The Return Of The Army Of Light – Excerpt – Inspired by My Heart Belongs To Daddy (The Trolley Song Reprise)
On a bright and breezy late afternoon of Sunday 29 February 2004, as I stood on my flat’s balcony above the Wellington Working Men’s Club, overlooking Cuba Mall, I saw a naked man running down from upper Cuba Street. Depending on who tells the story he may have stopped in front of the ethnic shop, or the kebab place, I am sure he stopped across from a men’s clothing store. The naked man grabbed a fellow by his arm and kissed him on the lips. Some people were stunned, few cheered, others applauded, somebody handed the naked guy a coat from an Op Shop, although some people claimed that the man he kissed, took off his jacket and put it on the naked man’s shoulders. They held hands and walked north on Cuba Street. People kept going about their day.
People who go to Cuba Mall in Wellington during the weekend know what to expect: buskers, street vendors, tourists, people sipping coffee at sidewalk cafes, having drinks at a bar, shopping in some of its unique stores, or just hanging around the bucket fountain. Two sections of the street were closed to traffic during the late 1960s to make room for a pedestrian mall. However, this Sunday was unique; the annual Cuba St. Carnival was taking place during the weekend. Saturday had been grey and rainy, but Sunday had turned out to be fine and luminous.
On this late summer afternoon, the view from my balcony was spectacular. From the bottom of Cuba St, at Manners Mall all the way to the top, at Webb Street, a wave of thousands of people moved back and forth among the numerous music band stands, browsed through the stalls of international food and art crafts, and patiently queued for their turn at the few carnival rides placed on surrounding streets.
It is safe to say that having a naked man kissing another man in the middle of the street was out of the ordinary but in true New Zealand fashion, it takes more than a naked man on the street to impress Wellingtonians.
It has been years since that happened, and yet every now and then you hear the story, usually from people who were not there, retelling it from someone else who told them. The event has several versions, either man is old, young, fat, short, tall, muscular, bald; drunk, on drugs; a biker, a homeless; he could be Indian, Samoan, American; wheelchair bound, blind, and deaf mute; even some even claim they saw a woman with short hair. Often the story takes place in another part of town: Courtenay Place, Lambton Quay, Parliament, the Botanic Gardens, the railway station or the airport. Sometimes, it happens during Christmas, Easter or Anzac Day.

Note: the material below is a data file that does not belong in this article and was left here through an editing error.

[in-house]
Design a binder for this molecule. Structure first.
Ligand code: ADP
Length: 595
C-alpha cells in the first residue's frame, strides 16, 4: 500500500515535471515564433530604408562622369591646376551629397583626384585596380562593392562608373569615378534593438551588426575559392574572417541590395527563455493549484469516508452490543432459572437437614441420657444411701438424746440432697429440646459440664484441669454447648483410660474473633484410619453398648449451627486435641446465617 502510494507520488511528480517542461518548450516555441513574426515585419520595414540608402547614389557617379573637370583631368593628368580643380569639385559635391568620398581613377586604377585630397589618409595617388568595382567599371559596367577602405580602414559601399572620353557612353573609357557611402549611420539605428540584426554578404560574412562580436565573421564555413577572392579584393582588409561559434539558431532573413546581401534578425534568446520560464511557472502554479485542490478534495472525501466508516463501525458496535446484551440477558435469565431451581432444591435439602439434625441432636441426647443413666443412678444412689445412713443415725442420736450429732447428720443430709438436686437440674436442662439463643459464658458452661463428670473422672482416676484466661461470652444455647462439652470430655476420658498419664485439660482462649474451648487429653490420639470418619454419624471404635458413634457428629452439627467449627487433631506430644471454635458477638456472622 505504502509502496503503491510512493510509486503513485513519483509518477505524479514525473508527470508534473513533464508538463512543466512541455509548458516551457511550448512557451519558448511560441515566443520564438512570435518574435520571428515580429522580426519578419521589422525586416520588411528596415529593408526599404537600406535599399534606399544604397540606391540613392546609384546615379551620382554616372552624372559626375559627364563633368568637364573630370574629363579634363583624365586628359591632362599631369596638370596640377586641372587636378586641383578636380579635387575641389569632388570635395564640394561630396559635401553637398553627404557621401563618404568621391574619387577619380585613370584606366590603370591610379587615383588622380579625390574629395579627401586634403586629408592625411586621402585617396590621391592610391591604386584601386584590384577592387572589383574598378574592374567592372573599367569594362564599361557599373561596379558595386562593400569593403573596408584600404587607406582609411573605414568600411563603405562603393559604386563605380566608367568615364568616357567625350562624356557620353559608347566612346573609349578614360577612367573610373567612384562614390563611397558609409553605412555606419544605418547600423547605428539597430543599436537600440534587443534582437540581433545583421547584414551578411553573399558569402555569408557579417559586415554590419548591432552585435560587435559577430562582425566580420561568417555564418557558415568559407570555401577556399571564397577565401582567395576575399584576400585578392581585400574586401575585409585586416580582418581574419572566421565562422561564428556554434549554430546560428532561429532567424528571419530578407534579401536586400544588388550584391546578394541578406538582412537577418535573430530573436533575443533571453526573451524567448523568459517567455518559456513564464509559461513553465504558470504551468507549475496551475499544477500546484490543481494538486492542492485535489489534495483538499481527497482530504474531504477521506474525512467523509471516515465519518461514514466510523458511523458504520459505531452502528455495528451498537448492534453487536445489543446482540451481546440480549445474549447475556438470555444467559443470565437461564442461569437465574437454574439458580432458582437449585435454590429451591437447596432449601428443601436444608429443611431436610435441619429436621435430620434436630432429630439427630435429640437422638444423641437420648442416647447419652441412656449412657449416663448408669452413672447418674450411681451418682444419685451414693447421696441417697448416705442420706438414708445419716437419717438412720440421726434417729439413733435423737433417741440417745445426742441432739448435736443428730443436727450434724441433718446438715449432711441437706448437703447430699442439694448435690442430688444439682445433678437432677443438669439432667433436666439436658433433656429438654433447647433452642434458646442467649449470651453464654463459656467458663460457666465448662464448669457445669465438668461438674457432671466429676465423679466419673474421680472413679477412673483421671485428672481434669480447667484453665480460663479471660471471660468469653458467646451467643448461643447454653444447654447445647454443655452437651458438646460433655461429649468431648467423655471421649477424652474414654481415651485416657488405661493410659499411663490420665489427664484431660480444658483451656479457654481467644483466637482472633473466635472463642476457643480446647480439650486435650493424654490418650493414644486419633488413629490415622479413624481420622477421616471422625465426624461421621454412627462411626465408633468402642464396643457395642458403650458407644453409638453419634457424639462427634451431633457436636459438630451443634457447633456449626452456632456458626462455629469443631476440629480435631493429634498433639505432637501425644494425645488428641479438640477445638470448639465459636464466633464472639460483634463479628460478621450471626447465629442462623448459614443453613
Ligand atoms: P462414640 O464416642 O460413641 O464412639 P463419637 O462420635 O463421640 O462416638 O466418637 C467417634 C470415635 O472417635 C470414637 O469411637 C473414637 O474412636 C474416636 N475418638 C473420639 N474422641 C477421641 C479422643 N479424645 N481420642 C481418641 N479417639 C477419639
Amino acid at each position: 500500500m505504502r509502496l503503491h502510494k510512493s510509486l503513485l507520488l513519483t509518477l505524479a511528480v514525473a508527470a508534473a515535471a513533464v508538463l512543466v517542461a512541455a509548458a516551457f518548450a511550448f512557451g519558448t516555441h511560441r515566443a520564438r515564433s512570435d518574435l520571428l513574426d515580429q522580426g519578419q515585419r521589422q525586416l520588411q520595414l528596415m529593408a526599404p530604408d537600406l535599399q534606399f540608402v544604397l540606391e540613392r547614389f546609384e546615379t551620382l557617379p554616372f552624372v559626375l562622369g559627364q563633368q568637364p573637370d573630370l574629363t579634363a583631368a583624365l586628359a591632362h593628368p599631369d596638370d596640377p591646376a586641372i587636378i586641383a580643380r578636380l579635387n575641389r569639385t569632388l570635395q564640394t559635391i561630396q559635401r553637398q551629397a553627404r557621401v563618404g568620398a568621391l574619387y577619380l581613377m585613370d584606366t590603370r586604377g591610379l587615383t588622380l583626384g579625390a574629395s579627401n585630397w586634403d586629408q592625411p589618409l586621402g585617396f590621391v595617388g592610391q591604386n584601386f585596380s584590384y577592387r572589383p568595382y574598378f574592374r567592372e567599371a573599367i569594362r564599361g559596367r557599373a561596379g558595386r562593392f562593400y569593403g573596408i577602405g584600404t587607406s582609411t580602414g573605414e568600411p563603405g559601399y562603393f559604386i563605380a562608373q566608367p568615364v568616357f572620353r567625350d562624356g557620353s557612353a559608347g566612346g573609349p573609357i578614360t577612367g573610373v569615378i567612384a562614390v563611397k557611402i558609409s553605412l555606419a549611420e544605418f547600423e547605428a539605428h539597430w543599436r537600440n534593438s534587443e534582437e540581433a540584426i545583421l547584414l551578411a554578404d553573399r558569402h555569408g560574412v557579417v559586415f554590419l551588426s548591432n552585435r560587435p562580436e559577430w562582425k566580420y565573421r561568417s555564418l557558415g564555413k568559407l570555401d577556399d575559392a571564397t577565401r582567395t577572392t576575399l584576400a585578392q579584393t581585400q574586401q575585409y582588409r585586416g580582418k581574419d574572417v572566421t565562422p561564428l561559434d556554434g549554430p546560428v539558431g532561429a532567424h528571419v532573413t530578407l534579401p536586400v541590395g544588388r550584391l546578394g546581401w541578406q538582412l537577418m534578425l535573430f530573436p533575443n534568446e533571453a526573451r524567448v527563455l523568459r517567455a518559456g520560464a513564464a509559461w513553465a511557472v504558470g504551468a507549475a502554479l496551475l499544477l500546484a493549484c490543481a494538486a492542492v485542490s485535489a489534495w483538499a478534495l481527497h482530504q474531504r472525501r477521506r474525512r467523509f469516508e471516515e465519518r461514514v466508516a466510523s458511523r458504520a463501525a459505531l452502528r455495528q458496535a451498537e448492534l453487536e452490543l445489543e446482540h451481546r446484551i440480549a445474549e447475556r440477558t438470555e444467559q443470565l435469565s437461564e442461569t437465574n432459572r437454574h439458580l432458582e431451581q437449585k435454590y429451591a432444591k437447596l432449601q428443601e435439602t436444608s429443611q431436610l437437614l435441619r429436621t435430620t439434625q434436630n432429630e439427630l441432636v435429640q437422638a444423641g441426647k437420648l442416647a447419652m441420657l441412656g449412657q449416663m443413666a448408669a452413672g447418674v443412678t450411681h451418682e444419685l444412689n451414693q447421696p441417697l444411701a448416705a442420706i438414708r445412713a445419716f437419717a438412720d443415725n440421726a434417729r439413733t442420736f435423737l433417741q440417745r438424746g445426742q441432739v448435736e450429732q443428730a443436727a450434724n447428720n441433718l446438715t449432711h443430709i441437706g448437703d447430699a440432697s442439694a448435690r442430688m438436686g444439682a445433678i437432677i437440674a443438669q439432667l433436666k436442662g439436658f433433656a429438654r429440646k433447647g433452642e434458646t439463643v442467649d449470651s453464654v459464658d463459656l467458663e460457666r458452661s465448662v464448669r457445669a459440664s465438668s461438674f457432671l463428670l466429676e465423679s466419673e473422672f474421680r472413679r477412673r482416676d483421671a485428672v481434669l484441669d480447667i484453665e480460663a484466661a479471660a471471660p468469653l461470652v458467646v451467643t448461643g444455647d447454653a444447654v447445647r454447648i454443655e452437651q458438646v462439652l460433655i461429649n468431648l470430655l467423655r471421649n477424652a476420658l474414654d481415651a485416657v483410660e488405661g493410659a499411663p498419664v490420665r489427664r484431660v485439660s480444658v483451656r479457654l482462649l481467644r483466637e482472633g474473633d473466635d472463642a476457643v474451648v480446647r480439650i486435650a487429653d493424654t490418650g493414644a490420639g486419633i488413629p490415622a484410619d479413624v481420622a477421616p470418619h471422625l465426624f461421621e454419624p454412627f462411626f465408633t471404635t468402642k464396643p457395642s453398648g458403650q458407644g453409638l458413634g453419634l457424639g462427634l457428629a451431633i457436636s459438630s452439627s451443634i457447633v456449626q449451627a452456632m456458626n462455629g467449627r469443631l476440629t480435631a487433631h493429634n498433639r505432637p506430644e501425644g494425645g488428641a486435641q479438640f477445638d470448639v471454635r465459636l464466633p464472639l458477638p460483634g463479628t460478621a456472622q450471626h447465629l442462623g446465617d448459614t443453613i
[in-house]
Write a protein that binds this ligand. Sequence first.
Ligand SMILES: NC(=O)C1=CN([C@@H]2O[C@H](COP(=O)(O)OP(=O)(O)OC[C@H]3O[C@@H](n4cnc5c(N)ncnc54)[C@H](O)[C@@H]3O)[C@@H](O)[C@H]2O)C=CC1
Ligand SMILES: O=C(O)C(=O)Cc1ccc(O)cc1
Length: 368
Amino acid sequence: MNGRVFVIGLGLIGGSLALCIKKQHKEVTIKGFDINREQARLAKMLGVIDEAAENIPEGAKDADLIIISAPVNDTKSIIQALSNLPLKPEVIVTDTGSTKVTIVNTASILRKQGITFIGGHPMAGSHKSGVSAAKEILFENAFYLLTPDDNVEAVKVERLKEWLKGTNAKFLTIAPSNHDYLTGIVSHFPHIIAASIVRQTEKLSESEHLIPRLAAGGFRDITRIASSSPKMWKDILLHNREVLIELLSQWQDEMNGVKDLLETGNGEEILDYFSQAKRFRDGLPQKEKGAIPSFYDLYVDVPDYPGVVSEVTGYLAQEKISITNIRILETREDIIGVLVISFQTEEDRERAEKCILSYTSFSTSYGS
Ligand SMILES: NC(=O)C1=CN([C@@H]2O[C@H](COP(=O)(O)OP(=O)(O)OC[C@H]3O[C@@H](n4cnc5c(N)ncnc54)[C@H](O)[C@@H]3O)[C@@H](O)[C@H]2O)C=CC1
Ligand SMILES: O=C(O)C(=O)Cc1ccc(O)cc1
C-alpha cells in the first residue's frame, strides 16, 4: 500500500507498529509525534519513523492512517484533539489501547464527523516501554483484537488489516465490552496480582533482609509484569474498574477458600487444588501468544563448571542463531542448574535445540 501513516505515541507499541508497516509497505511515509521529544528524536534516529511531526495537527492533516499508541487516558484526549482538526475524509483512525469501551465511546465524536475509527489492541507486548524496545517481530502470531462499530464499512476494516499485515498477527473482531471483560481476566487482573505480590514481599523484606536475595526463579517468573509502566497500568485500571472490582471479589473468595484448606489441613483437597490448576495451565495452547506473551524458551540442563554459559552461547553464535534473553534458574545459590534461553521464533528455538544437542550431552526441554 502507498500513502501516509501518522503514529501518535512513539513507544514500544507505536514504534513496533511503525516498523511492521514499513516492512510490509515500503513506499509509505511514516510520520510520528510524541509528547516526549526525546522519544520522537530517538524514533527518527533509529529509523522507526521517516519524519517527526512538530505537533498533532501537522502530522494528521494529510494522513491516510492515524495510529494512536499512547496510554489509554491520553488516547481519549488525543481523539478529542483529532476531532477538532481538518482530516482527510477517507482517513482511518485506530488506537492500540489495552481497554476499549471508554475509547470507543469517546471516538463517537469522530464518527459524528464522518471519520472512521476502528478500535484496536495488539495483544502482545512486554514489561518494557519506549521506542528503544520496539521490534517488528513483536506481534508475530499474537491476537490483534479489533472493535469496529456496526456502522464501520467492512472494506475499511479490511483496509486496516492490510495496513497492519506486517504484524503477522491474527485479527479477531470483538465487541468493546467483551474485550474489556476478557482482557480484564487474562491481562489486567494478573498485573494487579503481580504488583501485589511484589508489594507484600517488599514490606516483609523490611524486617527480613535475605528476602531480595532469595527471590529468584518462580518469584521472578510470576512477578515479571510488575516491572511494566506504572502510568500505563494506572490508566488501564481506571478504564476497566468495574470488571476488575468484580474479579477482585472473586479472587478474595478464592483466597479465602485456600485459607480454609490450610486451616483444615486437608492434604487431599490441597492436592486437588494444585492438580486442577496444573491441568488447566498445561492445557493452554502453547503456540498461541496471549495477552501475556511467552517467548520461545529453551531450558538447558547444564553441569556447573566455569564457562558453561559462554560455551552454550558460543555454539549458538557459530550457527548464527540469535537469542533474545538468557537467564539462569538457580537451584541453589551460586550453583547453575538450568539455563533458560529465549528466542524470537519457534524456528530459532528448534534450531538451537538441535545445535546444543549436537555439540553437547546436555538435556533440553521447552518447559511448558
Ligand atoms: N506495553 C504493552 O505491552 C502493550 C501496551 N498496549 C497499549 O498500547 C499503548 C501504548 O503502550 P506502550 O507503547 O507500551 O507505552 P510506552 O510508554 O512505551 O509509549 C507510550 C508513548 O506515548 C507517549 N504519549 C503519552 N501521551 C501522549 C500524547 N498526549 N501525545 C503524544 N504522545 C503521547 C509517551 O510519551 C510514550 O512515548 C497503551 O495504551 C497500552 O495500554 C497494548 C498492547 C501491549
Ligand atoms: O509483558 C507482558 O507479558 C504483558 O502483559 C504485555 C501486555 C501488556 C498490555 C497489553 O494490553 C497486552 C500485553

People kept telling the wrong story, and it bothered me, not only I had witnessed it first hand, but it was not until years after the event of that Sunday I felt compelled to find out what really happened.
While the story of the two men kissing kept changing characters, places and times; something curious began to occur. A common thread began to weave itself among all the different versions of the story.
Love seemed to be the only thing that gave sense to an otherwise singular story, on an ordinary day.
These days whenever you hear about the dealings of that leap day in 2004, the last line, as a moral of sorts, is usually, “You see? Love can happen anywhere, anytime, to anyone.”
Whatever prompted that man to run naked down the street and kiss another man that day had become, in other words, a modern day gay and still tired version of happily-ever-after.
Not everybody believes that the two men found love; some even do not even think it happened at all. Nevertheless, when a story is told repeatedly, giving it a reason to be, or a purpose, it just takes on a life of its own. The story gets to a point where it does not need to be verifiable or even real anymore, as long as it tells what people want to hear and need to believe in, and more importantly if it is a story where they can picture themselves.
Back in 2004, I toyed with the idea of writing about it, not because I was a writer or intended to be one, but at the time I was trying to figure out what to do in this new country, and compiling the events leading to that kiss seemed like a good option. I had a few leads, but I was never able to crack the story open. Perhaps I was not ready then. I had only been in New Zealand for exactly three weeks, I was not even sure what I was doing in this country; all I knew was that I was meant to be here. In a way, it felt as if I had been summoned to this place.
I often revisited the events of that Sunday and wondered what had really happened on that day, and why in such a dramatic way. Although it is clear now, I was not sure why after nearly eight years, in the spring of 2011, I took a sudden and almost obsessive interest in the story again.